There is nothing quite like going on a sail that allows you to not only watch the sunset, but also watch it rise.
As a child I grew up sailing on the boat, weekend trips, family vacations and even the occasional fun race. It wasn't until 5 years ago that I was introduced to a whole other side of sailing - double handed racing with my dad - Dave Courtney. When the idea first came up to do the LOSHR series, I was quite excited, but I will admit, the thought of doing the 100-miler was what got me a little anxious. I had been out on the boat for days at a time, but never overnight, and never "solo" at times when dad needed to sleep! I knew that all the knowledge I had gathered over the years would surely bring me through most situations that may arise, but never considered how much I stood to gain by getting pushed out of my comfort zone.
Dad has a wonderful way of doing things that most people would look at and say "wow, that is so adventurous "or "you're crazy to do that by yourself" and making it look completely normal. I have always admired that, and so with a brave face, off we went on the 100-miler.
We have gathered some good stories on our races, but this year was by far my favourite. What started out as a pretty choppy day, with favourable winds, quickly turned to no winds, listening to the sails snap and swing, bobbing with no sign of even a puff of air. It is in those moments that your patience, perseverance and even sanity truly get tested. I had hit the point where I thought I was going to go mad! Looking at dad, I knew there was not a chance he would start that engine, and so I quickly made the decision to switch my mind set and jumped up on the bow and started fanning the sails.... only joking. But really, I started to take in all the small things that can be done to make the tiniest difference in situations like that.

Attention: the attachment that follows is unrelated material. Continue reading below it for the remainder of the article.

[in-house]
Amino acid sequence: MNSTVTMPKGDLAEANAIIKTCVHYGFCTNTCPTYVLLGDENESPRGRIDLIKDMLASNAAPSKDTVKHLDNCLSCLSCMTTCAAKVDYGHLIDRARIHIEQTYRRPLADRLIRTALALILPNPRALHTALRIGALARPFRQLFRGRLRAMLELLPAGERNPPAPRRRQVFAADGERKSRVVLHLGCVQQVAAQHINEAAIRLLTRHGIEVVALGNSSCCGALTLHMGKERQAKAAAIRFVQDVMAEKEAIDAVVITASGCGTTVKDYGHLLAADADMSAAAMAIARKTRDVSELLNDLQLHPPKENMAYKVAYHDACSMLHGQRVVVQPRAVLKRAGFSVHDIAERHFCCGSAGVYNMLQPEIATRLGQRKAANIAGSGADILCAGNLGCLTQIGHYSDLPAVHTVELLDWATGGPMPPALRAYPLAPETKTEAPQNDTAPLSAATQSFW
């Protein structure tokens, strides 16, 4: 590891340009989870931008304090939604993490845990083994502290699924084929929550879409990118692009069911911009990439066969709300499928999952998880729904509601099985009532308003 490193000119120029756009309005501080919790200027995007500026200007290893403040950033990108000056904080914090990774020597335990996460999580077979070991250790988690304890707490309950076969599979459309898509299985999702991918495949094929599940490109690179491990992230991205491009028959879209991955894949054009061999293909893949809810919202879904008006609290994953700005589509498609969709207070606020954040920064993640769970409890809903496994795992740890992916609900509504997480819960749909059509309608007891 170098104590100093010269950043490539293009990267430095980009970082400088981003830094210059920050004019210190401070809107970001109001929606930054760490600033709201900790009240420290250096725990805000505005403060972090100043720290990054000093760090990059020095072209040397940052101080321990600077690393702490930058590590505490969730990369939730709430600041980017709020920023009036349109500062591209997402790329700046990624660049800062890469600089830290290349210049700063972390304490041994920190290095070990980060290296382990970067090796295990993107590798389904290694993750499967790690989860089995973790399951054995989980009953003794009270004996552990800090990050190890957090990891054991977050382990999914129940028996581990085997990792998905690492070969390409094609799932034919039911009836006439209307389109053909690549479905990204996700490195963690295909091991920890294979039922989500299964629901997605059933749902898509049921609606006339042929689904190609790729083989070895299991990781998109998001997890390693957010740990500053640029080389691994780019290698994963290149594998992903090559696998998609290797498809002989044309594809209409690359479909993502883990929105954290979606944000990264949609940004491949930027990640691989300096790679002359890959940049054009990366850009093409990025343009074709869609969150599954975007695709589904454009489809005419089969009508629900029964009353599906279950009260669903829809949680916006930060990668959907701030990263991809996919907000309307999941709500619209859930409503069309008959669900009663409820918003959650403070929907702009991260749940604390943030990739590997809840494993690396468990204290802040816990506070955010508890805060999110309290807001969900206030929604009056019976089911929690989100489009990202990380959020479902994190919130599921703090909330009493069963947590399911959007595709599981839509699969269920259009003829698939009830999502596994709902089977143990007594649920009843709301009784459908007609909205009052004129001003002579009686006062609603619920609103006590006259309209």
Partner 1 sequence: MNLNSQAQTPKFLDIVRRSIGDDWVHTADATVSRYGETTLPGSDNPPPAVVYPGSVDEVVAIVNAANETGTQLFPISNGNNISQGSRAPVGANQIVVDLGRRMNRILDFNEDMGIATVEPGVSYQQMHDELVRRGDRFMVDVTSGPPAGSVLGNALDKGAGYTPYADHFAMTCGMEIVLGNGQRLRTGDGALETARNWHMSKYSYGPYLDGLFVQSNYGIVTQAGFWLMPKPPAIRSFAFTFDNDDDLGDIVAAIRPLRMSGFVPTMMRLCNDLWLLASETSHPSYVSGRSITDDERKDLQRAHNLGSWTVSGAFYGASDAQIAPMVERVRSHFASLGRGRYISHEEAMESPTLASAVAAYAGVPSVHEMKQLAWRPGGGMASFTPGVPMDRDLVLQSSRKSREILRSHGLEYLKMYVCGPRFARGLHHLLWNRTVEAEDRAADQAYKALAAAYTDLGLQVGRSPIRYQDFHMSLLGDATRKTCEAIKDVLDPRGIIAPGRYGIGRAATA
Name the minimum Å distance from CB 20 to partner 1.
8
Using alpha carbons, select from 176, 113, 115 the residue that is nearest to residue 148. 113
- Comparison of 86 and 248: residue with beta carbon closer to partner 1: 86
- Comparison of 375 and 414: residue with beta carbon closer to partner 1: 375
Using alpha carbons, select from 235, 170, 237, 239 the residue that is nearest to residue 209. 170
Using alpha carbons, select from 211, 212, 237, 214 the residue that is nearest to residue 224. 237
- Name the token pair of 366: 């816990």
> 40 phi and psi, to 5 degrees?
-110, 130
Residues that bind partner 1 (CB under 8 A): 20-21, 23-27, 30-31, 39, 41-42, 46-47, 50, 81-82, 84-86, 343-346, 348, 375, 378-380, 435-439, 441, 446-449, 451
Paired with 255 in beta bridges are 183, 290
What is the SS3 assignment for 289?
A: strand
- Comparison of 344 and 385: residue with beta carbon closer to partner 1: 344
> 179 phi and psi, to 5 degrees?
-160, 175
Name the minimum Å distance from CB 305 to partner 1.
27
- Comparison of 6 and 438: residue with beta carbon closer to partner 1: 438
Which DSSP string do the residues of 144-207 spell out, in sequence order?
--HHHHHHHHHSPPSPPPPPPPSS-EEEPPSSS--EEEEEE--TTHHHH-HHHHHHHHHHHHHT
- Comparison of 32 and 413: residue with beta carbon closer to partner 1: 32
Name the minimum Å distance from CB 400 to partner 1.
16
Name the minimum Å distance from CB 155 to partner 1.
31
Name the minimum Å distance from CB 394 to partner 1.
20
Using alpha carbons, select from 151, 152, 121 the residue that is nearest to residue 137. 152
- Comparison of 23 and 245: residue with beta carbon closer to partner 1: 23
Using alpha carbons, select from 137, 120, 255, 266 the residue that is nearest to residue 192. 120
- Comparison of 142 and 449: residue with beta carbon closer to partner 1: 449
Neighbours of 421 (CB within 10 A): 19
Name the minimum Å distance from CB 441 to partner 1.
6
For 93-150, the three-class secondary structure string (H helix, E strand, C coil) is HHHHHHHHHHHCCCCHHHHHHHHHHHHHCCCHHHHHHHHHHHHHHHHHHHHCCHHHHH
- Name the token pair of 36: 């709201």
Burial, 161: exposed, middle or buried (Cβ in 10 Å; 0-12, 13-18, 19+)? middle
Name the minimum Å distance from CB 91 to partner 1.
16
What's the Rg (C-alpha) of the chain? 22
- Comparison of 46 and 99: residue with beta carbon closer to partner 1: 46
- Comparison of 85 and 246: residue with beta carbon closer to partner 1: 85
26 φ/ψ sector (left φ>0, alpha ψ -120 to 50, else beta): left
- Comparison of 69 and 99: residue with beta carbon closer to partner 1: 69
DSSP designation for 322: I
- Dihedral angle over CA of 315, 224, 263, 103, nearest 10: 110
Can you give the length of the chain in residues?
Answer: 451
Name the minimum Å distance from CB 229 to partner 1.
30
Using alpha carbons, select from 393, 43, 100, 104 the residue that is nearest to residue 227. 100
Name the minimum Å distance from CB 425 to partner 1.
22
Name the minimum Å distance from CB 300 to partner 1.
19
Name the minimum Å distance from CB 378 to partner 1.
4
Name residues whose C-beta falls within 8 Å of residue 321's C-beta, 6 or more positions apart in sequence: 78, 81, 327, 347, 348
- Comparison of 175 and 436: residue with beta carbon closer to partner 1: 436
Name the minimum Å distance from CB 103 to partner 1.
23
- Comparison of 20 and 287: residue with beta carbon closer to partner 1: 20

Every so often there would be a puff of air, and we would jump into action to get every bit of speed we could. And then finally, off in the distance, you could see that ripple on the water that you pray is what you think it is but dare not say - WIND.
After what seemed like the longest 11 hours of my life, we rounded the Niagara mark and were on the final stretch home, with wind! Dad went down to sleep just before sunrise, to get some much-needed rest, and I took over. As the sun came up, I remember thinking, I wish everyone in my life could know what this feeling is like, because simply, there is nothing like it. The moment I had feared before, quickly became one of my favourites. The winds continued to shift slightly, and I made quick work of trimming the sails. Watching each time as our speed rose, I felt grateful for all that my dad had taught me over the years to be able to enjoy this moment on my own, rather than fear it! I am so thankful for the 100-miler, and all the ups and downs it can bring.
Here's to next year, and bringing in 1st overall again, right dad?!